Researchers at CU Anschutz suggest that their findings may pave the way for the development of novel drugs and therapies aimed at managing the typical cognitive decline associated with aging.
Researchers from the University of Colorado Anschutz Medical Campus believe they have identified the central mechanism behind cognitive decline associated with normal aging.
“The mechanism involves the misregulation of a brain protein known as CaMKII which is crucial for memory and learning,” said the study’s co-senior author Ulli Bayer, Ph.D., professor of pharmacology at the University of Colorado School of Medicine. “This study directly suggests specific pharmacological treatment strategies.”
The study was published today in the journal `Science Signaling.’
Researchers using mouse models found that altering the CaMKII brain protein caused similar cognitive effects as those that happen through normal aging.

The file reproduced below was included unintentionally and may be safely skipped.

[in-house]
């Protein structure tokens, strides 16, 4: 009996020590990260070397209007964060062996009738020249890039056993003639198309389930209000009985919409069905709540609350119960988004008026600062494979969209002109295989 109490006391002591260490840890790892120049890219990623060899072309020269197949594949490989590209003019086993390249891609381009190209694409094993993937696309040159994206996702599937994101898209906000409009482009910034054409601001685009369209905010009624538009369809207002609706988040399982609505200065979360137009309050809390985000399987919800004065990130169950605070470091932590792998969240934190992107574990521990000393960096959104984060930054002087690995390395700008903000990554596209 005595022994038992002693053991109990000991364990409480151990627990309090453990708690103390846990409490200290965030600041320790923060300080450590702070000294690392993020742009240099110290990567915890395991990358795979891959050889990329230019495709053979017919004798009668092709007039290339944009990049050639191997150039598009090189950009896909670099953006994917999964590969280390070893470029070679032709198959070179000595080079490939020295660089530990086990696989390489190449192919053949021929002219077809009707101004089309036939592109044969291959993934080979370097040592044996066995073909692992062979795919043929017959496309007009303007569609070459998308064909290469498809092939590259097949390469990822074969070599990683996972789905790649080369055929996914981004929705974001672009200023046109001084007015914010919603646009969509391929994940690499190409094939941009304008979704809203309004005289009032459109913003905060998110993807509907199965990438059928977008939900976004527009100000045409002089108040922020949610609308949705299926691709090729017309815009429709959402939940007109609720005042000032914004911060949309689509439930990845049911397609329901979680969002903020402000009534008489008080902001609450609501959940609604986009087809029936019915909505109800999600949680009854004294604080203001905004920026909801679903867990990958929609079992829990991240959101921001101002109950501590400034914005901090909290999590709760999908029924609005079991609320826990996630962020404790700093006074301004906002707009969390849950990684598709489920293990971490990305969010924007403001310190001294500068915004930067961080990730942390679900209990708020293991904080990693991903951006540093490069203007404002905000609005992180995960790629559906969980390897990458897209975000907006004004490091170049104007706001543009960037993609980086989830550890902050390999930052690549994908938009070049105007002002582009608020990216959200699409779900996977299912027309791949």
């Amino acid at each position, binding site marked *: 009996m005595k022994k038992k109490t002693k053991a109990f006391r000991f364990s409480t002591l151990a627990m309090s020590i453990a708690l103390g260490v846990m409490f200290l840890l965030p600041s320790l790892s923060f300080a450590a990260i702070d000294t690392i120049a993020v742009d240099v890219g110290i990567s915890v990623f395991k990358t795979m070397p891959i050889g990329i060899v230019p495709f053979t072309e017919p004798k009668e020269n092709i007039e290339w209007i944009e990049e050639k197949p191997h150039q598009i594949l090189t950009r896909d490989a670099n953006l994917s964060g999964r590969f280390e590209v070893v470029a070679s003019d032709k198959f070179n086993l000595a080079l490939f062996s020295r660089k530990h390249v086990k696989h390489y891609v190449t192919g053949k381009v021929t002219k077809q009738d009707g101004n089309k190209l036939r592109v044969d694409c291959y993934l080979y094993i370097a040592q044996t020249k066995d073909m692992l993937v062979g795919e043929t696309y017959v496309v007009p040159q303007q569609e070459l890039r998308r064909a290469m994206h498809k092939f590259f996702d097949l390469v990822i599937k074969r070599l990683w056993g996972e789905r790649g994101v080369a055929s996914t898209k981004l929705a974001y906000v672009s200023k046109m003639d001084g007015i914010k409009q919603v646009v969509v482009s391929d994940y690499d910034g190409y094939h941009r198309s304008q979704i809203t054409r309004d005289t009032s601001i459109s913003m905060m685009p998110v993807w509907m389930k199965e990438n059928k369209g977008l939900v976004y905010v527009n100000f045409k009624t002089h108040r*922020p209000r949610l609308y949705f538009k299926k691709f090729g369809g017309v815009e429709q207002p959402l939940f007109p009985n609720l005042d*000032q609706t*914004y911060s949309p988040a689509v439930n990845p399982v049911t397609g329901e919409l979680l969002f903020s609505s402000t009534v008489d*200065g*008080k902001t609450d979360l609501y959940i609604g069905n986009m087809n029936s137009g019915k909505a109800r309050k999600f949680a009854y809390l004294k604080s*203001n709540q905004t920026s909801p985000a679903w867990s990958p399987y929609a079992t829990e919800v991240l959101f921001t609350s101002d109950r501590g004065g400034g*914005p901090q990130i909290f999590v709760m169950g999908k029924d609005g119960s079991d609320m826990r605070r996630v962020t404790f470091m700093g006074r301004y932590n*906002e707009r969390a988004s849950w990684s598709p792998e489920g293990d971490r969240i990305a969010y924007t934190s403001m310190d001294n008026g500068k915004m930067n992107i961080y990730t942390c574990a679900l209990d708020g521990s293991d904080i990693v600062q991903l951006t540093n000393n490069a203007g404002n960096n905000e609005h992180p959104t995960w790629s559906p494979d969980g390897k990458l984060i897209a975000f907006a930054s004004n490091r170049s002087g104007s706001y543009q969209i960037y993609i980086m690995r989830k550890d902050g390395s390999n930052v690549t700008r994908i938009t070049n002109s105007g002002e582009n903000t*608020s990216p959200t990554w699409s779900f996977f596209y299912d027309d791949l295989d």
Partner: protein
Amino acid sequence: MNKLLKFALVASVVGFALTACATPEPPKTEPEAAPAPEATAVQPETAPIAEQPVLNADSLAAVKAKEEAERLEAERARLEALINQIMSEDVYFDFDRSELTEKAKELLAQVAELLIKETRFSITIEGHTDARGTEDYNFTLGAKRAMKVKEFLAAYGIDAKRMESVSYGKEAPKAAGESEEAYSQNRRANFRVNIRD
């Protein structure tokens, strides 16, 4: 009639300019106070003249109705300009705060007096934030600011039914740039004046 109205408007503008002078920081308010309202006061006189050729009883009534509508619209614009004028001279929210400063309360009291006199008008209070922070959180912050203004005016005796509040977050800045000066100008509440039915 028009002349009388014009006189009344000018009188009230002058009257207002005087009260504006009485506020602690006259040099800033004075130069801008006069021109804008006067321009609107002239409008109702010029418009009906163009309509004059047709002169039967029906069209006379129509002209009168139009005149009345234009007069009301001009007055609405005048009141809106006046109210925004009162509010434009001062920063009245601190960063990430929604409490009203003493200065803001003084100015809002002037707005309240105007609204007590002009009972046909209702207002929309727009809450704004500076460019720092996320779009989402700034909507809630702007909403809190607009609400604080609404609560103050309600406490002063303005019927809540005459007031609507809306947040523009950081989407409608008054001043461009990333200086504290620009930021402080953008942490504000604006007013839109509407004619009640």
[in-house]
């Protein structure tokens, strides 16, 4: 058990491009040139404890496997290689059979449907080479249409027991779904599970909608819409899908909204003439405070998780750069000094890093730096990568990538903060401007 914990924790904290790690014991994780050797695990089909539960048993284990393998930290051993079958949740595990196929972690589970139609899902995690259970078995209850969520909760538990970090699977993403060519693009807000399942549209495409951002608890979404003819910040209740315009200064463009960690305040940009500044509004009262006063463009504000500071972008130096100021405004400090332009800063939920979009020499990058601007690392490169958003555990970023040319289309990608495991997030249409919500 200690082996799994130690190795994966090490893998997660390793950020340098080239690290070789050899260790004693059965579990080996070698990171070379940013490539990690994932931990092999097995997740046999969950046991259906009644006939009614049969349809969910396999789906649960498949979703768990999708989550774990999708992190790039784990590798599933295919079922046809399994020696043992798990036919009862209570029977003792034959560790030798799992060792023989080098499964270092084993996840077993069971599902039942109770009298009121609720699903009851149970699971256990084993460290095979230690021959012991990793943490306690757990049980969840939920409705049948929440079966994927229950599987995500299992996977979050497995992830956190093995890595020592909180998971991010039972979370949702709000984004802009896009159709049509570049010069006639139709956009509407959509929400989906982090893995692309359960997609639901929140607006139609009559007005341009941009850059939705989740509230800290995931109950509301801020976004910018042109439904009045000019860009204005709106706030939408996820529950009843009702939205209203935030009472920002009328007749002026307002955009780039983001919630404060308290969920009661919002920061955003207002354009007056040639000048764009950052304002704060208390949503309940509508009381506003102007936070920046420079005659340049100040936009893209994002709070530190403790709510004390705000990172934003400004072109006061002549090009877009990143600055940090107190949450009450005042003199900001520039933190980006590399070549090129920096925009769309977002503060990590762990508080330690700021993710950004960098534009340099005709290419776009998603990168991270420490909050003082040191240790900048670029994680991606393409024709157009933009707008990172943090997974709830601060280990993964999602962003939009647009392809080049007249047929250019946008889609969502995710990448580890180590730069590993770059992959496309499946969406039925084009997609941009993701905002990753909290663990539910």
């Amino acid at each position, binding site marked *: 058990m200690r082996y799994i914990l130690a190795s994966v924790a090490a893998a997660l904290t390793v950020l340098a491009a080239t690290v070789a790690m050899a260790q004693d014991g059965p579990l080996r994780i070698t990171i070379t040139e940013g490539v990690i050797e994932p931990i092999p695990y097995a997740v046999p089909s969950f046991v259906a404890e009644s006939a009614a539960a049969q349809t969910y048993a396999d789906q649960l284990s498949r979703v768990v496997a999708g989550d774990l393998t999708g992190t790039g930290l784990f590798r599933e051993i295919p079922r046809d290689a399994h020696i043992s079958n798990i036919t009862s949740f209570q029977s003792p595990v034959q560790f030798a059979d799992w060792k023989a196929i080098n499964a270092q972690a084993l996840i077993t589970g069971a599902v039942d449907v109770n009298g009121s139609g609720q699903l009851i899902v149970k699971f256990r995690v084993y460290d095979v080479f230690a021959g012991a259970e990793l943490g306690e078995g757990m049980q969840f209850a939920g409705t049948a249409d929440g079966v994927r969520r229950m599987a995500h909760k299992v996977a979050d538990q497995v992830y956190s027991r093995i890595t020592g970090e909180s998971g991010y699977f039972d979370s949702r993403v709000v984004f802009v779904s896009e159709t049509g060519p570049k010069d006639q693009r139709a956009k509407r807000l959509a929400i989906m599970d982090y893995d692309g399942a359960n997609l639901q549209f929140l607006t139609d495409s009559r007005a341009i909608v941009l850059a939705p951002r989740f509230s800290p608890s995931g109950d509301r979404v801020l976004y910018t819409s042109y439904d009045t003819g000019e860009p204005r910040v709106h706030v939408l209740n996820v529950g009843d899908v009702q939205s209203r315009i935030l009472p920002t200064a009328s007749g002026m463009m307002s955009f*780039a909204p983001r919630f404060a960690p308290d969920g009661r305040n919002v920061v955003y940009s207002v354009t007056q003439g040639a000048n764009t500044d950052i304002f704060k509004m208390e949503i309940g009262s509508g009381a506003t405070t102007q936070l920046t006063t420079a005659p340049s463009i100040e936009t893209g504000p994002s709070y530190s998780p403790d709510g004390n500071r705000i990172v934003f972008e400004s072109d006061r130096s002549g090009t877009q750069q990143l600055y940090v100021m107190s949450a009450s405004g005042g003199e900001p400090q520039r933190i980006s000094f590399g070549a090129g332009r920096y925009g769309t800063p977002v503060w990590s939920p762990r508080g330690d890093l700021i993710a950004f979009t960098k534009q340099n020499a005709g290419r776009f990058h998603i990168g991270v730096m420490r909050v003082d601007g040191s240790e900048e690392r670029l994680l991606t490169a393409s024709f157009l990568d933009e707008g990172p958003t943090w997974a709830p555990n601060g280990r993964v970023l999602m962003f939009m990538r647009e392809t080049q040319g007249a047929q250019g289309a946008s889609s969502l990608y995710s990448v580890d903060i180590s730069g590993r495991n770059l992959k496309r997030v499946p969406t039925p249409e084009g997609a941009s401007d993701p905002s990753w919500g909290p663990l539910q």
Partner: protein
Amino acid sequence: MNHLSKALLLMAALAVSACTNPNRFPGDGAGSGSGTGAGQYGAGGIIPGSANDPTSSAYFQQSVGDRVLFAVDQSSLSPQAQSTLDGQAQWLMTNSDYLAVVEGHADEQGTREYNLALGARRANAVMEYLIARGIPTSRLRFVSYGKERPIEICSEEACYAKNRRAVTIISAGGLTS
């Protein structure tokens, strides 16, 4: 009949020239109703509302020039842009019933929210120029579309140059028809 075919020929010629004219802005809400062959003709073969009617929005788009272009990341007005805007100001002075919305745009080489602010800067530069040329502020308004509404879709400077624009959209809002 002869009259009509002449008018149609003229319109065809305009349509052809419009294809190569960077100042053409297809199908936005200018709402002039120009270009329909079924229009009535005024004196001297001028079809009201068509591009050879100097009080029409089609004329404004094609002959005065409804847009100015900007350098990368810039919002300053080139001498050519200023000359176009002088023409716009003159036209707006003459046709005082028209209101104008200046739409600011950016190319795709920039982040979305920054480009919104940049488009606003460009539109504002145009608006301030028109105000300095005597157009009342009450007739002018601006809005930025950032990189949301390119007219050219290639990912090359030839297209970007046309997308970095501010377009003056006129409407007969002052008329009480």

Bayer said that aging in mice and humans both decrease a process known as S-nitrosylation, the modification of specific brain proteins including CaMKII.
“The current study now shows a decrease in this modification of CaMKII is sufficient to cause impairments in synaptic plasticity and in memory that are similar in aging,” Bayer said.
Normal aging reduces the amount of nitric oxide in the body. That in turn reduces nitrosylation which reduces memory and learning ability, the study said.
Bayer said the new research opens the way toward developing drugs and other therapeutic interventions that could normalize the nitrosylation of the protein. He said that holds out the possibility of treating or staving off normal cognitive decline for an unknown period of time.
He pointed out that this would only work in normal age-related cognitive decline, not the decline seen in Alzheimer’s disease and dementia.
“We know this protein can be targeted,” Bayer said. “And we think it could be done pharmacologically. That is the next logical step.”
Reference: “Decreased nitrosylation of CaMKII causes aging-associated impairments in memory and synaptic plasticity in mice” by Nicole L. Rumian, Ronald K. Freund, Mark L. Dell’Acqua, Steven J. Coultrap and K. Ulrich Bayer, 25 July 2023, Science Signaling.